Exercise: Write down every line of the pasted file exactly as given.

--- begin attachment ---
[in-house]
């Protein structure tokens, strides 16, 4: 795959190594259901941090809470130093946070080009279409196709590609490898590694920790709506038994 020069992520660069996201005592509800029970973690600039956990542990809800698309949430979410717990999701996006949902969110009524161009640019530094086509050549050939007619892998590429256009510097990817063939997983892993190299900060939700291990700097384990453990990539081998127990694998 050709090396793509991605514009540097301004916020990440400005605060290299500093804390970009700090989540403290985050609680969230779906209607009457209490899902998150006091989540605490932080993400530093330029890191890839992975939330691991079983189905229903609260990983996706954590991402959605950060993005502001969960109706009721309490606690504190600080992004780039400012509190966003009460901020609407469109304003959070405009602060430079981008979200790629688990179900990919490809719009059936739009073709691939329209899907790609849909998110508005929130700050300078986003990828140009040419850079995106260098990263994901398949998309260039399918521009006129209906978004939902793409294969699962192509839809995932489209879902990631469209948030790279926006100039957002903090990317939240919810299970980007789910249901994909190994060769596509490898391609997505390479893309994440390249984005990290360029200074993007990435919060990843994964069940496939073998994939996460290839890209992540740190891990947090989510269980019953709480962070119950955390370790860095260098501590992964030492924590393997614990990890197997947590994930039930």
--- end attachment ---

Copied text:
[in-house]
């Protein structure tokens, strides 16, 4: 795959190594259901941090809470130093946070080009279409196709590609490898590694920790709506038994 020069992520660069996201005592509800029970973690600039956990542990809800698309949430979410717990999701996006949902969110009524161009640019530094086509050549050939007619892998590429256009510097990817063939997983892993190299900060939700291990700097384990453990990539081998127990694998 050709090396793509991605514009540097301004916020990440400005605060290299500093804390970009700090989540403290985050609680969230779906209607009457209490899902998150006091989540605490932080993400530093330029890191890839992975939330691991079983189905229903609260990983996706954590991402959605950060993005502001969960109706009721309490606690504190600080992004780039400012509190966003009460901020609407469109304003959070405009602060430079981008979200790629688990179900990919490809719009059936739009073709691939329209899907790609849909998110508005929130700050300078986003990828140009040419850079995106260098990263994901398949998309260039399918521009006129209906978004939902793409294969699962192509839809995932489209879902990631469209948030790279926006100039957002903090990317939240919810299970980007789910249901994909190994060769596509490898391609997505390479893309994440390249984005990290360029200074993007990435919060990843994964069940496939073998994939996460290839890209992540740190891990947090989510269980019953709480962070119950955390370790860095260098501590992964030492924590393997614990990890197997947590994930039930």